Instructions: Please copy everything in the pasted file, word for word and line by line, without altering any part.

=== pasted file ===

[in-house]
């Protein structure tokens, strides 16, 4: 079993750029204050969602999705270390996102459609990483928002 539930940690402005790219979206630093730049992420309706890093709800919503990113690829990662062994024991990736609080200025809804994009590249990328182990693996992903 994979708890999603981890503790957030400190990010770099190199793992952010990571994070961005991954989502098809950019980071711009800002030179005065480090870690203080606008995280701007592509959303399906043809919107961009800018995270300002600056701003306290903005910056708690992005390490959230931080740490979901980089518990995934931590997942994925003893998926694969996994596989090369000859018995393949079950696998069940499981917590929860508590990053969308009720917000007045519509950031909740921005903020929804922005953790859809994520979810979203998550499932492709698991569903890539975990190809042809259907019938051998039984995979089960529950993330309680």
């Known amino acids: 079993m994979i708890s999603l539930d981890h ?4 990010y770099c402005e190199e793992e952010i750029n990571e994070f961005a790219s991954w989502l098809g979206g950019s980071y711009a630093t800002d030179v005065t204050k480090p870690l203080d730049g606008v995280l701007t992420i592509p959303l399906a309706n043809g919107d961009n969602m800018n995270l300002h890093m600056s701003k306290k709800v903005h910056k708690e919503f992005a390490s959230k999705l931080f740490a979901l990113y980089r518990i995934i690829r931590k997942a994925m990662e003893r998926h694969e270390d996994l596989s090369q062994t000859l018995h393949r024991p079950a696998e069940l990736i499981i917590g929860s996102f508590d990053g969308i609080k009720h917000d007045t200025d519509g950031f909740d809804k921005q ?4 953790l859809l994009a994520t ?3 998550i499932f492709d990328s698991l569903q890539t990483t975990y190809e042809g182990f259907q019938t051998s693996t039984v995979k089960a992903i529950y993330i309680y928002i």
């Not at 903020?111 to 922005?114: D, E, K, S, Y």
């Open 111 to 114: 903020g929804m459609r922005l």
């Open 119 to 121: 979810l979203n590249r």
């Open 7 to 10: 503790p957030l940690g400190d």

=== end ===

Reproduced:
[in-house]
């Protein structure tokens, strides 16, 4: 079993750029204050969602999705270390996102459609990483928002 539930940690402005790219979206630093730049992420309706890093709800919503990113690829990662062994024991990736609080200025809804994009590249990328182990693996992903 994979708890999603981890503790957030400190990010770099190199793992952010990571994070961005991954989502098809950019980071711009800002030179005065480090870690203080606008995280701007592509959303399906043809919107961009800018995270300002600056701003306290903005910056708690992005390490959230931080740490979901980089518990995934931590997942994925003893998926694969996994596989090369000859018995393949079950696998069940499981917590929860508590990053969308009720917000007045519509950031909740921005903020929804922005953790859809994520979810979203998550499932492709698991569903890539975990190809042809259907019938051998039984995979089960529950993330309680």
């Known amino acids: 079993m994979i708890s999603l539930d981890h ?4 990010y770099c402005e190199e793992e952010i750029n990571e994070f961005a790219s991954w989502l098809g979206g950019s980071y711009a630093t800002d030179v005065t204050k480090p870690l203080d730049g606008v995280l701007t992420i592509p959303l399906a309706n043809g919107d961009n969602m800018n995270l300002h890093m600056s701003k306290k709800v903005h910056k708690e919503f992005a390490s959230k999705l931080f740490a979901l990113y980089r518990i995934i690829r931590k997942a994925m990662e003893r998926h694969e270390d996994l596989s090369q062994t000859l018995h393949r024991p079950a696998e069940l990736i499981i917590g929860s996102f508590d990053g969308i609080k009720h917000d007045t200025d519509g950031f909740d809804k921005q ?4 953790l859809l994009a994520t ?3 998550i499932f492709d990328s698991l569903q890539t990483t975990y190809e042809g182990f259907q019938t051998s693996t039984v995979k089960a992903i529950y993330i309680y928002i």
């Not at 903020?111 to 922005?114: D, E, K, S, Y």
């Open 111 to 114: 903020g929804m459609r922005l």
């Open 119 to 121: 979810l979203n590249r």
């Open 7 to 10: 503790p957030l940690g400190d």